19. 27. Claim 1: allows us to change our mind whenever we have new information about a story <ul><li>No explanation about what this means in the User Stories Applied book </li></ul><ul><li>Measuring completed number of items allows for immediate visibility of the impact of the new items in the progress (project burndown) </li></ul>
  20. 28. Claim 2: works for both epics and smaller stories <ul><li>Allowing for large estimates for items in the backlog does help to account for the impact of very large items by adding uncertainty. </li></ul><ul><li>The same uncertainty exists in any way we may use to measure progress. The fact is that we don’t really know if an Epic (say 100 SPs) is really equivalent to a similar size aggregate of User Stories (say 100 times 1 SP story). Conclusion: there is no significant added information by classifying a story in a 100 SP category. </li></ul>
  21. 29. Story Points Hours
  22. 30. Claim 3: doesn’t take a lot of time <ul><li>Not my experience. Although some progress has been done by people like Ken Power (at Cisco) with the Silent Grouping technique , the fact that we need such technique should dispute any idea that estimating in SP’s ”doesn’t take a lot of time” </li></ul>Silent Grouping technique: http://slidesha.re/AgileKonstanz_silentgrouping
  23. 31. Claim 4: provides useful information about our progress and the work remaining <ul><li>This claim holds if, and only if you have estimated all of your stories. Even the stories that will only be developed a few months or even a year later (for long project). This approach is not very efficient (Claim 3). </li></ul><ul><li>Basing your progress assessment on the Number of Items completed in each Sprint is faster to calculate (# of items in the PBL / velocity per Sprint = number of Sprints left) and can be used to provide critical information about project progress. Example : </li></ul>
  24. 32. <ul><li>The example you are about to see is a real life example. One where the data collected made a big impact on an important business decision. </li></ul><ul><li>The names have been changed to protect the innocent... </li></ul>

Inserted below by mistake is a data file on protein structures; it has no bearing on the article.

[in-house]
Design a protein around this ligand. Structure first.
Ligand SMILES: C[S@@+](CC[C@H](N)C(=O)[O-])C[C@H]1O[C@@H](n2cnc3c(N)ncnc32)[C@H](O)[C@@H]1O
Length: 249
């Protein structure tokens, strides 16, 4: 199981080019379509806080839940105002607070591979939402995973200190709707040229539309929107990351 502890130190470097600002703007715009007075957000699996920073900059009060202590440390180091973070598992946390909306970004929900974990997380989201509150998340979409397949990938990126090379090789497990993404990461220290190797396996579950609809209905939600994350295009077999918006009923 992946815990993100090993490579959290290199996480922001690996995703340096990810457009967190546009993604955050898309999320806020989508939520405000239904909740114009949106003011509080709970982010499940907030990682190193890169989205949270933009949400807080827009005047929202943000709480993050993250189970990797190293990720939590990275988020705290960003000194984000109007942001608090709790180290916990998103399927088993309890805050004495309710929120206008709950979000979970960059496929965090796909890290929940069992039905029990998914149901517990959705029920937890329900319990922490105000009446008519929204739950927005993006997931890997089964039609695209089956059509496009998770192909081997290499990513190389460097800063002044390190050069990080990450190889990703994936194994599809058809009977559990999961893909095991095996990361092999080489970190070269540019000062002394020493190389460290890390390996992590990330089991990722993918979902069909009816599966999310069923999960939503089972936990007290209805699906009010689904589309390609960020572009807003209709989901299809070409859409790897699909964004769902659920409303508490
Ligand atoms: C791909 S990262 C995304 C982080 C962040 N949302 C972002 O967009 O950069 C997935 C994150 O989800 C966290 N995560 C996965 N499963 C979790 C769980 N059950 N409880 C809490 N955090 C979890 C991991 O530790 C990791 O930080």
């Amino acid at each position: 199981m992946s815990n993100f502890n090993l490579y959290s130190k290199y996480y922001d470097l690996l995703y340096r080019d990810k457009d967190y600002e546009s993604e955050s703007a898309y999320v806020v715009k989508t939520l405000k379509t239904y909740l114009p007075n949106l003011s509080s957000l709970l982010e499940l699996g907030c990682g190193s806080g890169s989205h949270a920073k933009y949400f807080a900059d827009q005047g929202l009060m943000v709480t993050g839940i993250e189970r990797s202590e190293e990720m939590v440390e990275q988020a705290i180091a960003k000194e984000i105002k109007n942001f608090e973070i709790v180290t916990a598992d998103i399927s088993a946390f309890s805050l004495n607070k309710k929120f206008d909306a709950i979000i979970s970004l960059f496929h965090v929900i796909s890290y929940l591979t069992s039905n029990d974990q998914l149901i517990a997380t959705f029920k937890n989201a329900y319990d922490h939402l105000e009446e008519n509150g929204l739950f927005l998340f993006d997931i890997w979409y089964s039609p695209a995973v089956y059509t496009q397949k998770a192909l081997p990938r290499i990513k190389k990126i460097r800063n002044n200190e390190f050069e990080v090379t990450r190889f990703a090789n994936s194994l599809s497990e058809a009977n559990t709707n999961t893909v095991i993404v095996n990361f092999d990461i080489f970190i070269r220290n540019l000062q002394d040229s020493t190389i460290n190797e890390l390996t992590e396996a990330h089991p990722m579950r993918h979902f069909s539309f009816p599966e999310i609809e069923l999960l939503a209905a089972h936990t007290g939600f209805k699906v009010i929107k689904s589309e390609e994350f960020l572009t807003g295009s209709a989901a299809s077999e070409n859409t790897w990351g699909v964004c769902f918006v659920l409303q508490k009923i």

25. 33. Sprint x Evolution of velocity Start of pilot/beta Release date Start of pilot/beta Actual progress trend What progress trend should be What progress trend should be
  26. 34. Sprint x + 1
  27. 35. The Velocity Bet Their history stated the following velocity evolution in the last 3 sprints: 1 8 8 They were learning the product and area in the first few sprints, which allowed for a ”getting-up-to-speed” assumption. Additionally they had committed to 15 items in the Sprint planning meeting. The product Owner stated that the R&D team would start doing 15 items per sprint (which would help them meet the goal of releasing the pilot and the release on time.) What was the result after the sprint?
  28. 36. Sprint x + 2 They did 10 items. A 20% increase in velocity.
  29. 37. Finally...
  30. 38. We release Stories/Backlog items, not story points...
  31. 39. The Number of Items technique in a nutshell <ul><li>When doing Backlog Grooming or Sprint Planning just ask: can this Story be completed in a Sprint by one person? If not, break the story down! </li></ul><ul><li>For large projects use a further level of abstraction: Stories fit into Sprints, therefore Epics fit into meta-Sprints (for example: meta-Sprint = 4 Sprints) </li></ul>
  32. 40. Why it works <ul><li>By continuously harmonizing the size fo the Stories/Epics you are creating a distribution of the sizes around the median: </li></ul>
  33. 41. <ul><li>Assuming a normal distribution of the size of the stories means that you can assume that for the purposes of looking at the long term estimation/progress of the project, you can assume that all stories are the same size , and can therefore measure progress by measuring the number of items completed per Sprint . </li></ul>
  34. 42. Vasco Duarte @duarte_vasco http://bit.ly/vasco_blog Joseph Pelrine @josephpelrine http://metaprog.com/blogs

×